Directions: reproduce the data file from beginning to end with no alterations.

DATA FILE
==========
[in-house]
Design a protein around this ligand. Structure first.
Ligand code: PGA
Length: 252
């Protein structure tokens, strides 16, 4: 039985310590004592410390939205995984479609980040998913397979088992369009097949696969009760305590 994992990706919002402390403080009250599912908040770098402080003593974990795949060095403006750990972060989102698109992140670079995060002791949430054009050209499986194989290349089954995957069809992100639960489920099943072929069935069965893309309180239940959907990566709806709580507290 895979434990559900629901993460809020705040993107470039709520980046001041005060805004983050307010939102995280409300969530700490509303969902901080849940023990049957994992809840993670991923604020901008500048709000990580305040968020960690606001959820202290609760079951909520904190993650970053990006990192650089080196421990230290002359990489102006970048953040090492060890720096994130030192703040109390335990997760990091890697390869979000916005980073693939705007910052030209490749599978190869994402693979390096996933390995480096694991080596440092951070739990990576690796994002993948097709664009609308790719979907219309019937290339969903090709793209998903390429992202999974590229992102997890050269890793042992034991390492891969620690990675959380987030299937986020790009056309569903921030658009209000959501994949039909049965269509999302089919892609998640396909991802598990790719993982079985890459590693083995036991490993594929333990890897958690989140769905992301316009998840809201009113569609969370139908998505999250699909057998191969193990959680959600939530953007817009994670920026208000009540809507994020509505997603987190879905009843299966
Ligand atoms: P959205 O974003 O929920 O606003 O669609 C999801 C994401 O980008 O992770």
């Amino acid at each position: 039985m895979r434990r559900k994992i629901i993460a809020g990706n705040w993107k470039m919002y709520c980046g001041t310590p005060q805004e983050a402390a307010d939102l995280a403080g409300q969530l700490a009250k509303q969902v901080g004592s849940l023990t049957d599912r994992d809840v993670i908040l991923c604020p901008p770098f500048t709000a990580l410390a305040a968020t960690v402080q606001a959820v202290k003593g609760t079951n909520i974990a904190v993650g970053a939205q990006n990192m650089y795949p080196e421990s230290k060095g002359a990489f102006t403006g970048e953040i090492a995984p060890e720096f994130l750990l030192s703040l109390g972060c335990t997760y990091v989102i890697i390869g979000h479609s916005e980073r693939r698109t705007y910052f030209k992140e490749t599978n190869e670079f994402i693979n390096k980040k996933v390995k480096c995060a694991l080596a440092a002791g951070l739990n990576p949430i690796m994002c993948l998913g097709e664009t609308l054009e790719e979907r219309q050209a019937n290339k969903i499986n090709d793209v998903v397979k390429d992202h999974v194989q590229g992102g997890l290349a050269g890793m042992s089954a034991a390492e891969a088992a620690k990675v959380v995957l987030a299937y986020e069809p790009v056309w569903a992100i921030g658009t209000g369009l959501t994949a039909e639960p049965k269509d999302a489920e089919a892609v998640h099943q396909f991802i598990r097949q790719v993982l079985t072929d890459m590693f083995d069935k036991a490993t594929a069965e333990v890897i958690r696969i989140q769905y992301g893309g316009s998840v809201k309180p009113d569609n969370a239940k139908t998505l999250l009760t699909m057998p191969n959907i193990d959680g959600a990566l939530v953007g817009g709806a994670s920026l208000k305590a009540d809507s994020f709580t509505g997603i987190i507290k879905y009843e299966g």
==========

[in-house]
Design a protein around this ligand. Structure first.
Ligand code: PGA
Length: 252
């Protein structure tokens, strides 16, 4: 039985310590004592410390939205995984479609980040998913397979088992369009097949696969009760305590 994992990706919002402390403080009250599912908040770098402080003593974990795949060095403006750990972060989102698109992140670079995060002791949430054009050209499986194989290349089954995957069809992100639960489920099943072929069935069965893309309180239940959907990566709806709580507290 895979434990559900629901993460809020705040993107470039709520980046001041005060805004983050307010939102995280409300969530700490509303969902901080849940023990049957994992809840993670991923604020901008500048709000990580305040968020960690606001959820202290609760079951909520904190993650970053990006990192650089080196421990230290002359990489102006970048953040090492060890720096994130030192703040109390335990997760990091890697390869979000916005980073693939705007910052030209490749599978190869994402693979390096996933390995480096694991080596440092951070739990990576690796994002993948097709664009609308790719979907219309019937290339969903090709793209998903390429992202999974590229992102997890050269890793042992034991390492891969620690990675959380987030299937986020790009056309569903921030658009209000959501994949039909049965269509999302089919892609998640396909991802598990790719993982079985890459590693083995036991490993594929333990890897958690989140769905992301316009998840809201009113569609969370139908998505999250699909057998191969193990959680959600939530953007817009994670920026208000009540809507994020509505997603987190879905009843299966
Ligand atoms: P959205 O974003 O929920 O606003 O669609 C999801 C994401 O980008 O992770």
């Amino acid at each position: 039985m895979r434990r559900k994992i629901i993460a809020g990706n705040w993107k470039m919002y709520c980046g001041t310590p005060q805004e983050a402390a307010d939102l995280a403080g409300q969530l700490a009250k509303q969902v901080g004592s849940l023990t049957d599912r994992d809840v993670i908040l991923c604020p901008p770098f500048t709000a990580l410390a305040a968020t960690v402080q606001a959820v202290k003593g609760t079951n909520i974990a904190v993650g970053a939205q990006n990192m650089y795949p080196e421990s230290k060095g002359a990489f102006t403006g970048e953040i090492a995984p060890e720096f994130l750990l030192s703040l109390g972060c335990t997760y990091v989102i890697i390869g979000h479609s916005e980073r693939r698109t705007y910052f030209k992140e490749t599978n190869e670079f994402i693979n390096k980040k996933v390995k480096c995060a694991l080596a440092a002791g951070l739990n990576p949430i690796m994002c993948l998913g097709e664009t609308l054009e790719e979907r219309q050209a019937n290339k969903i499986n090709d793209v998903v397979k390429d992202h999974v194989q590229g992102g997890l290349a050269g890793m042992s089954a034991a390492e891969a088992a620690k990675v959380v995957l987030a299937y986020e069809p790009v056309w569903a992100i921030g658009t209000g369009l959501t994949a039909e639960p049965k269509d999302a489920e089919a892609v998640h099943q396909f991802i598990r097949q790719v993982l079985t072929d890459m590693f083995d069935k036991a490993t594929a069965e333990v890897i958690r696969i989140q769905y992301g893309g316009s998840v809201k309180p009113d569609n969370a239940k139908t998505l999250l009760t699909m057998p191969n959907i193990d959680g959600a990566l939530v953007g817009g709806a994670s920026l208000k305590a009540d809507s994020f709580t509505g997603i987190i507290k879905y009843e299966g």